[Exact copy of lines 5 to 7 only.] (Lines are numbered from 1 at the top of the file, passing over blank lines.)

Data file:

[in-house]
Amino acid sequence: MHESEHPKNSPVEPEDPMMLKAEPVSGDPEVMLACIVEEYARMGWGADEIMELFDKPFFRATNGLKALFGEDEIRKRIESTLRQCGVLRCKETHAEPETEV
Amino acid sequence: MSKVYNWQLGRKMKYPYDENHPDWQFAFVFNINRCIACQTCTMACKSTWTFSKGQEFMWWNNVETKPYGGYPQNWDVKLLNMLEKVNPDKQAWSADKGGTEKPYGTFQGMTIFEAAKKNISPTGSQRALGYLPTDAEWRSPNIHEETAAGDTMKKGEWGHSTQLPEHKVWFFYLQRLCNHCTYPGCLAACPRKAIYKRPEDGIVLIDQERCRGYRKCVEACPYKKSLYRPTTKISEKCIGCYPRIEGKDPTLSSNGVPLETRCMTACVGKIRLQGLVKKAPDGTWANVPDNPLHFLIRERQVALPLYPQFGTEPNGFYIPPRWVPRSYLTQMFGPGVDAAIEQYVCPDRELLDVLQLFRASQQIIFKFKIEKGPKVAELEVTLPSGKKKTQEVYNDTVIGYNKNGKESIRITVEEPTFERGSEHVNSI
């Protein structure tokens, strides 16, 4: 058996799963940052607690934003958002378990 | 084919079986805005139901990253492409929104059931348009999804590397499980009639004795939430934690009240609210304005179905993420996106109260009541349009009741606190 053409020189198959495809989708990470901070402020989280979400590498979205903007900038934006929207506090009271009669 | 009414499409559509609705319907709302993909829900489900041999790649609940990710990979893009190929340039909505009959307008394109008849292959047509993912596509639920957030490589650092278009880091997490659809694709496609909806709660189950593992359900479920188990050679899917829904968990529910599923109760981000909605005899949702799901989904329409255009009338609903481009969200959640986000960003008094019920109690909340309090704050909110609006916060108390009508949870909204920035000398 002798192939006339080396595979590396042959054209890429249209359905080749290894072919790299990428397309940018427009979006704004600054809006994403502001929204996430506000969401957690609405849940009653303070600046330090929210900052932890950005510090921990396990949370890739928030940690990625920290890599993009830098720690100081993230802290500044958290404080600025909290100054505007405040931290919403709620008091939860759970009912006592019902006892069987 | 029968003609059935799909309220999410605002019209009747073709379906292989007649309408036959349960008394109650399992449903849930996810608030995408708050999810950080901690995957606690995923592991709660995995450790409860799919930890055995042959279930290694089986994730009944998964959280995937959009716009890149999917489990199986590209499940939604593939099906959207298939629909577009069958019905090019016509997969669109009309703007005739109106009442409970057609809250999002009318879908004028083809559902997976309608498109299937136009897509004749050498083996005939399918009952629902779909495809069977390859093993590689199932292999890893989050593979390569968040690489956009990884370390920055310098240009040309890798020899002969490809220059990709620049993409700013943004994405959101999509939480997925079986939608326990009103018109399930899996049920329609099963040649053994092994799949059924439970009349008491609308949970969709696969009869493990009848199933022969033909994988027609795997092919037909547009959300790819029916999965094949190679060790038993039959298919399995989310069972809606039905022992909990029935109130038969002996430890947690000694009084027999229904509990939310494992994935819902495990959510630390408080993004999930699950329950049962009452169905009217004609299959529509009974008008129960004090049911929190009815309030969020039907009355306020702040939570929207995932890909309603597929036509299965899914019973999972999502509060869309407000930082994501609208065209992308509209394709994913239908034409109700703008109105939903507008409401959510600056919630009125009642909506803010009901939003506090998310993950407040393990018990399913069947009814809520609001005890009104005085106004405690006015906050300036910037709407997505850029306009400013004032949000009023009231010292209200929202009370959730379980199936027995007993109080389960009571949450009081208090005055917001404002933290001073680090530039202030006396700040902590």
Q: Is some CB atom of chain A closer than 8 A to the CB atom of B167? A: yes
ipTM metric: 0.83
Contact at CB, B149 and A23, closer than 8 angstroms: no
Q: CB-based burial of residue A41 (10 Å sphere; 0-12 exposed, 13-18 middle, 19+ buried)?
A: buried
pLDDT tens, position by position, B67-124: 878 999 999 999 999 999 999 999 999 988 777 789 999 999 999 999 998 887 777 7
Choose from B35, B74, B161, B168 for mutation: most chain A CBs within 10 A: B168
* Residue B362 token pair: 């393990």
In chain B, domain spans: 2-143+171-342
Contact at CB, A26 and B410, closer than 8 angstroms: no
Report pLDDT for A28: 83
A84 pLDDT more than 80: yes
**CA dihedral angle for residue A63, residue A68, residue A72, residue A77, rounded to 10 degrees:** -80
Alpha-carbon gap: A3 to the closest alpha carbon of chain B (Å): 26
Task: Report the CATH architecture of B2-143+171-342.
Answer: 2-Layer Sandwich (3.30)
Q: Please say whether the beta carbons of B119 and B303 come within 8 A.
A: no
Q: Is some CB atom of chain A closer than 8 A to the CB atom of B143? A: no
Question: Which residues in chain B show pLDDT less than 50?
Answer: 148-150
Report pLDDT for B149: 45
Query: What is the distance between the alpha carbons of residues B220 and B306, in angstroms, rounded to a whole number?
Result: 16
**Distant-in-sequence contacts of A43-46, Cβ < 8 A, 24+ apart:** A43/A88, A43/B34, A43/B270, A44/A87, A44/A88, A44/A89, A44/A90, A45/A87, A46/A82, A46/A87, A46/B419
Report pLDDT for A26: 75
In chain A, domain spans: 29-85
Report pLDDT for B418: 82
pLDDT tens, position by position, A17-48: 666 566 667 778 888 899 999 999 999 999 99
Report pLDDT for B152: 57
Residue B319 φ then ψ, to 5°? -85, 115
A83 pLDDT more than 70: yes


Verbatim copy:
Q: Is some CB atom of chain A closer than 8 A to the CB atom of B167? A: yes
ipTM metric: 0.83
Contact at CB, B149 and A23, closer than 8 angstroms: no